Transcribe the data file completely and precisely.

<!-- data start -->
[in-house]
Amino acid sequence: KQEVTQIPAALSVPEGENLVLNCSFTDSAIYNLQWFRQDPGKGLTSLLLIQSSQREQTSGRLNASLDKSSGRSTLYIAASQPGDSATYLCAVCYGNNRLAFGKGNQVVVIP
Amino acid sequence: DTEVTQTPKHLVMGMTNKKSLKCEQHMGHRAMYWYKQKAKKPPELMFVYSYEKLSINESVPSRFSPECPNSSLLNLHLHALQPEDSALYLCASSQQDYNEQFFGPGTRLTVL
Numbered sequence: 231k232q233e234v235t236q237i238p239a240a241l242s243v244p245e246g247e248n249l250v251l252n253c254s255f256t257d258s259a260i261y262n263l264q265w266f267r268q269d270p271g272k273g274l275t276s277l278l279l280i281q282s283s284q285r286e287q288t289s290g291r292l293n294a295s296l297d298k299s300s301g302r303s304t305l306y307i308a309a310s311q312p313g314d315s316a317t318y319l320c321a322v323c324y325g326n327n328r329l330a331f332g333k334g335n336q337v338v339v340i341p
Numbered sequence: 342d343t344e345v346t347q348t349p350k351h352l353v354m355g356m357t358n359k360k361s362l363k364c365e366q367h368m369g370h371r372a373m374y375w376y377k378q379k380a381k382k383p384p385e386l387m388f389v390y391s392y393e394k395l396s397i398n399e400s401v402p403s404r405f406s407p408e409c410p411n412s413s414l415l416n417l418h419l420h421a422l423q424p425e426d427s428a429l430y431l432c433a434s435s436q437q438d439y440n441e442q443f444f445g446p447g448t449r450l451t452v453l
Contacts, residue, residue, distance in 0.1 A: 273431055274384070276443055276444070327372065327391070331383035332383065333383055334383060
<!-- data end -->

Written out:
[in-house]
Amino acid sequence: KQEVTQIPAALSVPEGENLVLNCSFTDSAIYNLQWFRQDPGKGLTSLLLIQSSQREQTSGRLNASLDKSSGRSTLYIAASQPGDSATYLCAVCYGNNRLAFGKGNQVVVIP
Amino acid sequence: DTEVTQTPKHLVMGMTNKKSLKCEQHMGHRAMYWYKQKAKKPPELMFVYSYEKLSINESVPSRFSPECPNSSLLNLHLHALQPEDSALYLCASSQQDYNEQFFGPGTRLTVL
Numbered sequence: 231k232q233e234v235t236q237i238p239a240a241l242s243v244p245e246g247e248n249l250v251l252n253c254s255f256t257d258s259a260i261y262n263l264q265w266f267r268q269d270p271g272k273g274l275t276s277l278l279l280i281q282s283s284q285r286e287q288t289s290g291r292l293n294a295s296l297d298k299s300s301g302r303s304t305l306y307i308a309a310s311q312p313g314d315s316a317t318y319l320c321a322v323c324y325g326n327n328r329l330a331f332g333k334g335n336q337v338v339v340i341p
Numbered sequence: 342d343t344e345v346t347q348t349p350k351h352l353v354m355g356m357t358n359k360k361s362l363k364c365e366q367h368m369g370h371r372a373m374y375w376y377k378q379k380a381k382k383p384p385e386l387m388f389v390y391s392y393e394k395l396s397i398n399e400s401v402p403s404r405f406s407p408e409c410p411n412s413s414l415l416n417l418h419l420h421a422l423q424p425e426d427s428a429l430y431l432c433a434s435s436q437q438d439y440n441e442q443f444f445g446p447g448t449r450l451t452v453l
Contacts, residue, residue, distance in 0.1 A: 273431055274384070276443055276444070327372065327391070331383035332383065333383055334383060